Automotive engineers are the idiot savants of the professional world: dumb as rocks if left to their own devices, but capable of achieving miracles with a little direction from helpful politicians, activists and nice folks in the media.
Even though President Bush signed into law last December new fuel-economy regulations calling for the U.S. fleet to average 35 mpg (6.7 L/100 km) by 2020, California and a growing number of other states now are suing the Environmental Protection Agency for the right to force auto makers to meet separate, even tougher carbon-dioxide emissions standards. The California mandate equates to 43 mpg (5.5 L/100 km) by 2016.
Auto makers and the basic laws of physics and thermodynamics say it will be impossible to hit California’s bogey without changes that will be catastrophic and require huge sacrifices from consumers in safety and comfort. But the governor of California says it will be no problem; engineers just need to get off their butts.
A number of safety groups also are agitating for change because they believe auto makers have grown lax.
The Consumer Federation of America, among others, is complaining the National Highway Traffic Safety Admin. crash-test ratings are useless because 96% of all ’08 vehicles NHTSA tested received four or five stars.
The Insurance Institute for Highway Safety recently called on federal auto-safety regulators to require much stronger roofs on SUVs. It has a new study it says proves stronger roofs could save many lives every year.
Photos of the test provided by IIHS show a dramatic difference between the roof strength of a ’00Xterra and ’00 Explorer.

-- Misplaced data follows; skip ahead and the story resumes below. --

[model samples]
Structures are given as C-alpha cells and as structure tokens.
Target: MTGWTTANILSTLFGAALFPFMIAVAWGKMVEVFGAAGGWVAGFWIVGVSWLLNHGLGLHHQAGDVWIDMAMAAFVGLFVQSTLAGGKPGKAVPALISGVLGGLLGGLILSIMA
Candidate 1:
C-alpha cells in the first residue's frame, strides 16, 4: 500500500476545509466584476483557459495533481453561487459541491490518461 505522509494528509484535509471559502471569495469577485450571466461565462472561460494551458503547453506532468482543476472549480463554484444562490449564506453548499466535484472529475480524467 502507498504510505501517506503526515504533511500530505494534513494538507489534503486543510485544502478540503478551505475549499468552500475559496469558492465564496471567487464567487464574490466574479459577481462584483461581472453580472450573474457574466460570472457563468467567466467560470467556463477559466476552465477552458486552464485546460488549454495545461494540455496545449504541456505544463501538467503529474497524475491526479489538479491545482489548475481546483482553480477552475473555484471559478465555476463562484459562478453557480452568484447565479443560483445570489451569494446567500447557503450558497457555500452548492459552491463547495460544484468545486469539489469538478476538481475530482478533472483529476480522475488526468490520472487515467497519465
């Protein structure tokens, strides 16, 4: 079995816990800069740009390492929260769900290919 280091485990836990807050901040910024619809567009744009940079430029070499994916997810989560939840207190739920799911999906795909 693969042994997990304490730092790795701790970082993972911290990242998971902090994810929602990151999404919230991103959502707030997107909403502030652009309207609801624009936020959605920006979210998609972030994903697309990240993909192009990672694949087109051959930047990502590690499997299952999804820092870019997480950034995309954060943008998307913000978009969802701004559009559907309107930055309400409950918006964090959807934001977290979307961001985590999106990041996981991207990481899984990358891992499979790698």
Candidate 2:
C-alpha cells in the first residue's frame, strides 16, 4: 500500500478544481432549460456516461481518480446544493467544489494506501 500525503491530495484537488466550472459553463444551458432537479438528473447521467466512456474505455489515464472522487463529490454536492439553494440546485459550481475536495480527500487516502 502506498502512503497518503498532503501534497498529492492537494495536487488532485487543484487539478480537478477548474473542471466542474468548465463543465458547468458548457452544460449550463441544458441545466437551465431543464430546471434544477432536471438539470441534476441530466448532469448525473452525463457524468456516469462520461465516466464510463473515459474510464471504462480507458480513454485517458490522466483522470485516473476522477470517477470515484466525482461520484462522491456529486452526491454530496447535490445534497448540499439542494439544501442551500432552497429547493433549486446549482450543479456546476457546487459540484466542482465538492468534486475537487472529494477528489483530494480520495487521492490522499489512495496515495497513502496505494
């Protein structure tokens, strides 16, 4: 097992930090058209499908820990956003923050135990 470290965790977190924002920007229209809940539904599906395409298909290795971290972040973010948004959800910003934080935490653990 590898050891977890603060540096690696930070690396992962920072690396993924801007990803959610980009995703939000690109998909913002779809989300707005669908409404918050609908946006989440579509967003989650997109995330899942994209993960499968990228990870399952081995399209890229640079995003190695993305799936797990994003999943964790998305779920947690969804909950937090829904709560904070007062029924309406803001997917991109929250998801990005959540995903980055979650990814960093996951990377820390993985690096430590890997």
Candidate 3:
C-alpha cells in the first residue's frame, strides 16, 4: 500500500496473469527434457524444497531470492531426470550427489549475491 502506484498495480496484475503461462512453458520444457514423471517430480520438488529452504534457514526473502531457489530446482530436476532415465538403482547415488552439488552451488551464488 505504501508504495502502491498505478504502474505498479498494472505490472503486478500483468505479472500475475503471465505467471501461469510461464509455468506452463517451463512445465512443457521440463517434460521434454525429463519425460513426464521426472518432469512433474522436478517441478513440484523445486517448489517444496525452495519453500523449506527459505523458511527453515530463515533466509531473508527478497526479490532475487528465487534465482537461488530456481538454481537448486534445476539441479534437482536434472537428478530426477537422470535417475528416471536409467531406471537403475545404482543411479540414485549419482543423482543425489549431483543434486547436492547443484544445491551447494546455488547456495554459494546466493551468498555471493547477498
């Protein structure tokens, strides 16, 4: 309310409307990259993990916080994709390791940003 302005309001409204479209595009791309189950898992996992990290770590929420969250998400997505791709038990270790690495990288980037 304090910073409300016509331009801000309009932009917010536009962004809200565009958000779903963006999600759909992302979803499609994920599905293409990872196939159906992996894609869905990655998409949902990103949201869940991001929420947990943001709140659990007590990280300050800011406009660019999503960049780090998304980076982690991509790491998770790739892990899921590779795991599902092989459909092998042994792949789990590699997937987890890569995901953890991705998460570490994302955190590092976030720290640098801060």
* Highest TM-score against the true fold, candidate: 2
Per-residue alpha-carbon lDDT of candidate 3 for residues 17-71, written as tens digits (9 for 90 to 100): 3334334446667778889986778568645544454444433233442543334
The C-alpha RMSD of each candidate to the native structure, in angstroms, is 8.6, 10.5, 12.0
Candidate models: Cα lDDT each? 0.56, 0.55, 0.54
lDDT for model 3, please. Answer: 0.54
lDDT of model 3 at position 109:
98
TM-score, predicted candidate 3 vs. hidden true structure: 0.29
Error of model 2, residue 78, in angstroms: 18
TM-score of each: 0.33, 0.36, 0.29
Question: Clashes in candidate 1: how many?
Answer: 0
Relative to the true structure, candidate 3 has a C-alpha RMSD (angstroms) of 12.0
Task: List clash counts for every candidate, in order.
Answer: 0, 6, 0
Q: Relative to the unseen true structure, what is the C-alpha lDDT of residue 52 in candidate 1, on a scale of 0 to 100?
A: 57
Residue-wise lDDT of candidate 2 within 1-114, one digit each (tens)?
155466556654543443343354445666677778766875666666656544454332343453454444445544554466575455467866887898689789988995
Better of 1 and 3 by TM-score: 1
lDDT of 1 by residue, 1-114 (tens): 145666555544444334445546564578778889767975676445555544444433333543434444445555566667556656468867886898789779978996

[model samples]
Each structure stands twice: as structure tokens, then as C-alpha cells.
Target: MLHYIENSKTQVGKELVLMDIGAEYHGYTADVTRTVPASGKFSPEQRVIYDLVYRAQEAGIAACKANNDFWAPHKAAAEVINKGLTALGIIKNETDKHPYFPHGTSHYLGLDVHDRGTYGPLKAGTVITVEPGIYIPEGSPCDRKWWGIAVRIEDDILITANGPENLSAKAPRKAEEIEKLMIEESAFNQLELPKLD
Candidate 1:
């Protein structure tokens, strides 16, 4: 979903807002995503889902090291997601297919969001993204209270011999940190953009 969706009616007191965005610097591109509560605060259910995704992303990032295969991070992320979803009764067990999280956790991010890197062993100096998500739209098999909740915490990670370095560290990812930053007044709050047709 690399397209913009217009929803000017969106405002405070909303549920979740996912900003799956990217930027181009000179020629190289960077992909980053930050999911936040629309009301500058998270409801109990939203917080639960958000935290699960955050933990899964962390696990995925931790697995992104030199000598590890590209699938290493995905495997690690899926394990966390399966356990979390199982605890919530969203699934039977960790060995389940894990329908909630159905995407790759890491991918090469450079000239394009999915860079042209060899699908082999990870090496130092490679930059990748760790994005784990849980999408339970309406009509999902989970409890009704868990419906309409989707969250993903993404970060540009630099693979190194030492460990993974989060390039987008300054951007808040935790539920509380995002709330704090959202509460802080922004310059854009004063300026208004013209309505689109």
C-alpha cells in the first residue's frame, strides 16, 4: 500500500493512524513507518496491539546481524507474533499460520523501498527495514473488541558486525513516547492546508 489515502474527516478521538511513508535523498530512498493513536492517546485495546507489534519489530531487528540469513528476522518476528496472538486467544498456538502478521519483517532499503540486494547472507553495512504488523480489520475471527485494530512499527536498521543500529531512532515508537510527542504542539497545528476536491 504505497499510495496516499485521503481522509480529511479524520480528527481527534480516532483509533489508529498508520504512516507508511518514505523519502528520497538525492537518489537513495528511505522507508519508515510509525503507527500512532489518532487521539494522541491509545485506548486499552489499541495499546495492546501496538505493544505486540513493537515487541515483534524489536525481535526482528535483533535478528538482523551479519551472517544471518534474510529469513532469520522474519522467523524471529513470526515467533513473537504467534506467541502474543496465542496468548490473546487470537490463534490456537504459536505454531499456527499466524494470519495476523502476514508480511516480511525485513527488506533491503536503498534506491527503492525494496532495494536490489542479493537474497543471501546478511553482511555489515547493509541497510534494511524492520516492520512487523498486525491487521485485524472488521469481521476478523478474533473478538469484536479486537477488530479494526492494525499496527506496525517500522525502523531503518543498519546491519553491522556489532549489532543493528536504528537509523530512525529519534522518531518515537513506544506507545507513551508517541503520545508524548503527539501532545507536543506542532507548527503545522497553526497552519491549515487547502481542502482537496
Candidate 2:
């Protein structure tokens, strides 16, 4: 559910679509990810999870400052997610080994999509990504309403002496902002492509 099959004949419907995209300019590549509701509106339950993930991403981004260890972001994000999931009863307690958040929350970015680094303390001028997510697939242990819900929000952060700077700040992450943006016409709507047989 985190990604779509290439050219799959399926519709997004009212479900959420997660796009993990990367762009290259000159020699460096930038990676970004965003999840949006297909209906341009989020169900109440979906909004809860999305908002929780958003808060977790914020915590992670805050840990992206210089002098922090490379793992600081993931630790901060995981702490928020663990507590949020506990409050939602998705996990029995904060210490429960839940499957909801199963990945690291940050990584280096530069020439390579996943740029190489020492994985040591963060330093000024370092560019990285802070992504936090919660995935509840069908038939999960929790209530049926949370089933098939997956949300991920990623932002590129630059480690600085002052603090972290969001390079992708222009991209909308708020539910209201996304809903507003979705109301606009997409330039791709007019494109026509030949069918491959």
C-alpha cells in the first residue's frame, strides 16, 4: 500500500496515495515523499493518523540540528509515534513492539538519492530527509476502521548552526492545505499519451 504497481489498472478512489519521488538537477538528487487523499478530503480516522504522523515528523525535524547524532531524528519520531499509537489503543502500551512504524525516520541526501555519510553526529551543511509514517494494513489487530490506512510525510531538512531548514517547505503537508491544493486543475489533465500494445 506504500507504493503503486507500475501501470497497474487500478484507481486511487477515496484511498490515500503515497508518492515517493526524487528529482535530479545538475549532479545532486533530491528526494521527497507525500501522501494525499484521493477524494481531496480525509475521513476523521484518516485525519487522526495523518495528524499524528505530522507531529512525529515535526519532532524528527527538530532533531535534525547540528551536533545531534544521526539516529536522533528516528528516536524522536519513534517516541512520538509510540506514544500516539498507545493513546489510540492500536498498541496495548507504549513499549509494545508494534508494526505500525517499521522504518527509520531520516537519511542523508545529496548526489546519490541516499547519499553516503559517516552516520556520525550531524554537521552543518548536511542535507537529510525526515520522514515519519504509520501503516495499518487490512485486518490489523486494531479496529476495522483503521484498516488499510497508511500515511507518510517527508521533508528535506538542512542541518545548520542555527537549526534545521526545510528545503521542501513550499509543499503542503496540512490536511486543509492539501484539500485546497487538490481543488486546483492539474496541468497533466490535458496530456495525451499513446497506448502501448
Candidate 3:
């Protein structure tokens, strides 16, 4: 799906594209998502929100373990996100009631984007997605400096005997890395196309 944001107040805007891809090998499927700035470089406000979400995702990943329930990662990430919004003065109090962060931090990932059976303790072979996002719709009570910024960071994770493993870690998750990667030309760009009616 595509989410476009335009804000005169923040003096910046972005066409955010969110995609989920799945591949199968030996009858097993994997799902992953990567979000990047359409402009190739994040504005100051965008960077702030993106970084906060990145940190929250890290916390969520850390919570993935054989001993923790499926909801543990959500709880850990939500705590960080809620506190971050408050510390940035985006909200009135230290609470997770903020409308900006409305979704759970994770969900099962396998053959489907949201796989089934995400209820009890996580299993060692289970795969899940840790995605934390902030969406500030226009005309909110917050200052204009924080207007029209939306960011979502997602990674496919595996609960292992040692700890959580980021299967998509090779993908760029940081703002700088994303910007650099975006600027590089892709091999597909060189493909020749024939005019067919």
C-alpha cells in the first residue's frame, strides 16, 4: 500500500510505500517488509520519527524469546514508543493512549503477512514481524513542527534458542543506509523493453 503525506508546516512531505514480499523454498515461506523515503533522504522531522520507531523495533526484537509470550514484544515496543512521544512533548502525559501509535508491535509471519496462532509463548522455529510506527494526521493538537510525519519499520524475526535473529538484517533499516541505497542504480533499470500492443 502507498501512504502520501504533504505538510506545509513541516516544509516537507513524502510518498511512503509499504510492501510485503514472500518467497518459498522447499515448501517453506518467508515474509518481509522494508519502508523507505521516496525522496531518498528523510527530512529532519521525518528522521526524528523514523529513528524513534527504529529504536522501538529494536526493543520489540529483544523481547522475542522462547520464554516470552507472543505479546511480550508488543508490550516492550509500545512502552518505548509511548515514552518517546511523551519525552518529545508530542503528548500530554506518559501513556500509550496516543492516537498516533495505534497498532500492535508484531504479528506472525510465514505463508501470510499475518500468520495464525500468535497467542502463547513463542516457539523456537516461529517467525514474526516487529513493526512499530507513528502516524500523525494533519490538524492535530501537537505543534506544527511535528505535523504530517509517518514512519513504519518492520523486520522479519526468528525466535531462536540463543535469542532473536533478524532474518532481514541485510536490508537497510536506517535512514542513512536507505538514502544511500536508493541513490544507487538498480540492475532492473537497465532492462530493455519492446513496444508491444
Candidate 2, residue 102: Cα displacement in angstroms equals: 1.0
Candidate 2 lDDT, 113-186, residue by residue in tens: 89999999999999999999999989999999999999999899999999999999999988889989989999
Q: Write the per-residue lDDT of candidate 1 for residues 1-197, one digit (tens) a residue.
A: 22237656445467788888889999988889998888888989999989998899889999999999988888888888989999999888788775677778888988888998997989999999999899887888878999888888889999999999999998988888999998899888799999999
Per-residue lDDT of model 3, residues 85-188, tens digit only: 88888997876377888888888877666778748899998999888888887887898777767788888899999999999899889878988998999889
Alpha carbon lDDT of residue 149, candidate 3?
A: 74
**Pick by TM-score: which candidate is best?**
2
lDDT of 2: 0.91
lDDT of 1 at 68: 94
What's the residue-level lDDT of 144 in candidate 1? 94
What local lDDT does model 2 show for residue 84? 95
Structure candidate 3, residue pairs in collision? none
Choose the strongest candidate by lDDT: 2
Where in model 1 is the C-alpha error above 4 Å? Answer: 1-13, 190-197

Auto makers say the IIHS report is flawed and suggest anti-skid electronic stability control systems, rollover curtains and other safety devices – as well as stronger seatbelt laws – will save more lives than stronger roofs.
Emily Bowness of Grand Rapids, MI, also may disagree with IIHS’ test. She rolled her ’03 Explorer about 10 times in a violent crash in May 2006 and walked away with minor bruises.
The attitude that automotive engineers can make all dreams come true if they are just given a mandate and deadline is not all bad. And the auto industry needs to accept responsibility for improving both safety and fuel economy.
Historically, California, IIHS and others have forced positive changes by pushing the advocacy envelope.
What is destructive is the single-mindedness of their pursuits. Fuel economy zealots do not want to acknowledge their influence on safety; the safety advocates do not want to discuss how their changes affect mileage. None wants to acknowledge the impact on cost.
“Fast, good, cheap: Pick two” is a popular cliche everyone gets. “Mileage, safety, affordability: Pick two,” has to become the mantra for the auto industry in this new era of highly politicized regulation. Eventually, it might become just as easy to understand.